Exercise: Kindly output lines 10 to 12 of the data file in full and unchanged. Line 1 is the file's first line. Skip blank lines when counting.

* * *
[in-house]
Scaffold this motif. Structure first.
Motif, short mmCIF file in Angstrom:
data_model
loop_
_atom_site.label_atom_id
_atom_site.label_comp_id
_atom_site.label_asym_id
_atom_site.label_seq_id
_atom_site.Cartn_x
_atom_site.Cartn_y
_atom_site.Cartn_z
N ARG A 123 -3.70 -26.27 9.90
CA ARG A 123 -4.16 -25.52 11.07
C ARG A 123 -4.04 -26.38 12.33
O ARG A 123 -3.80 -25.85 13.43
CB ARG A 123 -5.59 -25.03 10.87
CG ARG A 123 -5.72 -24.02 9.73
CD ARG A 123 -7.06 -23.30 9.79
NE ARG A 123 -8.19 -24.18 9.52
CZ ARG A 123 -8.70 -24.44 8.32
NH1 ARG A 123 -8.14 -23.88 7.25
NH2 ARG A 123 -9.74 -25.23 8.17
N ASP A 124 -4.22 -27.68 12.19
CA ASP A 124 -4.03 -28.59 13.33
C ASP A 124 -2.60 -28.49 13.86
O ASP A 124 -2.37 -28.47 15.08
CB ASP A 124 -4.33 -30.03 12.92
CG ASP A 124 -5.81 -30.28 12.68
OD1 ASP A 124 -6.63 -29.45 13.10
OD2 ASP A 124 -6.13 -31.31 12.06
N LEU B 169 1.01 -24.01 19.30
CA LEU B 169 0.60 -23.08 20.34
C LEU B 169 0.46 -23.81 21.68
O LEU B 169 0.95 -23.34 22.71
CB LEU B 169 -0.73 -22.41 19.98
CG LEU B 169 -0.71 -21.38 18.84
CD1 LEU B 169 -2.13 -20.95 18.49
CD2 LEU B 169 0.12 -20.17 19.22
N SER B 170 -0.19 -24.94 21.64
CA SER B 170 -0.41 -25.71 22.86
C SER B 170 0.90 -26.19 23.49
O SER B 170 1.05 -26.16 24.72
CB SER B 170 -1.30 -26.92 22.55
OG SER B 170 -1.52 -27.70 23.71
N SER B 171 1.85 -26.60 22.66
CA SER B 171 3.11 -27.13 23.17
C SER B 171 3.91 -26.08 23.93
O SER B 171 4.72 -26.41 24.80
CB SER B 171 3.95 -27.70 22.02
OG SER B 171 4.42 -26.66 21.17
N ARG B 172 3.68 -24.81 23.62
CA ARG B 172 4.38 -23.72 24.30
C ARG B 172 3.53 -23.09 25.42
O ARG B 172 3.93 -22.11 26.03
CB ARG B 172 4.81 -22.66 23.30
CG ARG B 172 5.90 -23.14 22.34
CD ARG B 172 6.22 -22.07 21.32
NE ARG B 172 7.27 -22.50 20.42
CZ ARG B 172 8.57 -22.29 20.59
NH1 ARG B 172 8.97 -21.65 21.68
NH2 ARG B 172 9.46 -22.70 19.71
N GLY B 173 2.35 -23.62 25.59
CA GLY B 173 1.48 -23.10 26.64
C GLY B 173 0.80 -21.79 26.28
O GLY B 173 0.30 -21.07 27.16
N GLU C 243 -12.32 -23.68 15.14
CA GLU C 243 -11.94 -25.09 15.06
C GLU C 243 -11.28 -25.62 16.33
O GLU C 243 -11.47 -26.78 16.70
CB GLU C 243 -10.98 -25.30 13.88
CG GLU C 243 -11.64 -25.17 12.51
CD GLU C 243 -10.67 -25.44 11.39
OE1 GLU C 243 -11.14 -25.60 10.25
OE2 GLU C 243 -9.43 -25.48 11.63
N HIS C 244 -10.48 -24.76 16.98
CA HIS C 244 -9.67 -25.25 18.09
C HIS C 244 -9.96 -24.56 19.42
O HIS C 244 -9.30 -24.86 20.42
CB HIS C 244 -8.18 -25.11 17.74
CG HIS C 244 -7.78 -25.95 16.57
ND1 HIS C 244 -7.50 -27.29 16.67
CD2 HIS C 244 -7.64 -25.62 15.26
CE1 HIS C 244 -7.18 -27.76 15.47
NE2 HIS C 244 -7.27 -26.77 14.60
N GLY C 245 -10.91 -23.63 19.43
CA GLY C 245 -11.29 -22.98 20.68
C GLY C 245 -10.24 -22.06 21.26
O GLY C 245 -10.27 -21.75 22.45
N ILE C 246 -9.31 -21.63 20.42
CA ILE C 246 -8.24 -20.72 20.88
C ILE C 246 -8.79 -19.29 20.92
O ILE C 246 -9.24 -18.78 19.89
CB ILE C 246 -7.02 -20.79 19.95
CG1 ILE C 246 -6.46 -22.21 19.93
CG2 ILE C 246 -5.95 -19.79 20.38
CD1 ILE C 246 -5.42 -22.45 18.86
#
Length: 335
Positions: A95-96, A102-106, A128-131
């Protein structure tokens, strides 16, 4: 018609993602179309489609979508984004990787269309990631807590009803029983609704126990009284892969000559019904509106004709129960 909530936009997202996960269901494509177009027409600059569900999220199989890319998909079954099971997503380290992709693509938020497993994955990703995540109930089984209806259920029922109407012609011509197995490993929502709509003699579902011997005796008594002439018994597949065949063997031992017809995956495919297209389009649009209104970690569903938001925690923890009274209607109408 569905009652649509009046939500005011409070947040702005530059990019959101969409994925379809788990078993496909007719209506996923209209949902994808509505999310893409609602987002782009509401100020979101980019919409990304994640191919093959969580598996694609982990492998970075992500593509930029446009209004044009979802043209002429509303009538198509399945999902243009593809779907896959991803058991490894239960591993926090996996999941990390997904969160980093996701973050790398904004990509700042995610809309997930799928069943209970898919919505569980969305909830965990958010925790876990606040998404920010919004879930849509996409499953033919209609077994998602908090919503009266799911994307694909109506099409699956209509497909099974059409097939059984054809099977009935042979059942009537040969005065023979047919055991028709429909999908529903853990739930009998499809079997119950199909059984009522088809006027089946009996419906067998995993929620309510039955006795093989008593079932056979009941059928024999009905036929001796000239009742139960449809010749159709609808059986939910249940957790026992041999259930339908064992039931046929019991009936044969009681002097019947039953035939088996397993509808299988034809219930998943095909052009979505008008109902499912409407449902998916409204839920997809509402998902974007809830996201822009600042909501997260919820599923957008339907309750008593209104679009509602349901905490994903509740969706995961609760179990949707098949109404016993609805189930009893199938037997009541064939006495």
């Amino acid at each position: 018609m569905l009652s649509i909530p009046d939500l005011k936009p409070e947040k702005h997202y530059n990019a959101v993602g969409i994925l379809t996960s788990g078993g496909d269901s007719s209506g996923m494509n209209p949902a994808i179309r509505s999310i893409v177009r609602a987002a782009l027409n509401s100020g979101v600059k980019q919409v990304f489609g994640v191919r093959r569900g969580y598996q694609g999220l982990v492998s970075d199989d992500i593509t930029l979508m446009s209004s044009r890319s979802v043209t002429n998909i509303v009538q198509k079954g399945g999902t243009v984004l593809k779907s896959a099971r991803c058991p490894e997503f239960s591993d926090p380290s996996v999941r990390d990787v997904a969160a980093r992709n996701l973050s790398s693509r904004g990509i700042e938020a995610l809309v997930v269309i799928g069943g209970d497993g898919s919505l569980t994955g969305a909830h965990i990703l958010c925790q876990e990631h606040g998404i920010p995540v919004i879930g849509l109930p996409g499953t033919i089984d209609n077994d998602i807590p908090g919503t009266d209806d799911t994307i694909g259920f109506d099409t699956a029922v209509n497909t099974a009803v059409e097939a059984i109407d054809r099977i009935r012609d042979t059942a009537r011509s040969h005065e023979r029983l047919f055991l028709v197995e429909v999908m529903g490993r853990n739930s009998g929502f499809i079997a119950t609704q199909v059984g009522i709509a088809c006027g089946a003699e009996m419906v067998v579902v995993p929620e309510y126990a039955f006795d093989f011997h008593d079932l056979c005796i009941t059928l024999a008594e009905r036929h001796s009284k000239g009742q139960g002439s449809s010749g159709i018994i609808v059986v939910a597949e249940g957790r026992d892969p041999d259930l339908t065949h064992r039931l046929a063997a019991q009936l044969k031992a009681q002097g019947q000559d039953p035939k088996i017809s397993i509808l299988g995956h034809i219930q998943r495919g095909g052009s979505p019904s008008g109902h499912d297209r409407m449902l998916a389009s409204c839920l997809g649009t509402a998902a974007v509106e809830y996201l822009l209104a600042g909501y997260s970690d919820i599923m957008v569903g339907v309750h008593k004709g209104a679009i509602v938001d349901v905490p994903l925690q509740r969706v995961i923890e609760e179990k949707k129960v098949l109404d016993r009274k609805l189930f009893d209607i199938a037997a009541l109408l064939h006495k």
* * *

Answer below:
_atom_site.Cartn_x
_atom_site.Cartn_y
_atom_site.Cartn_z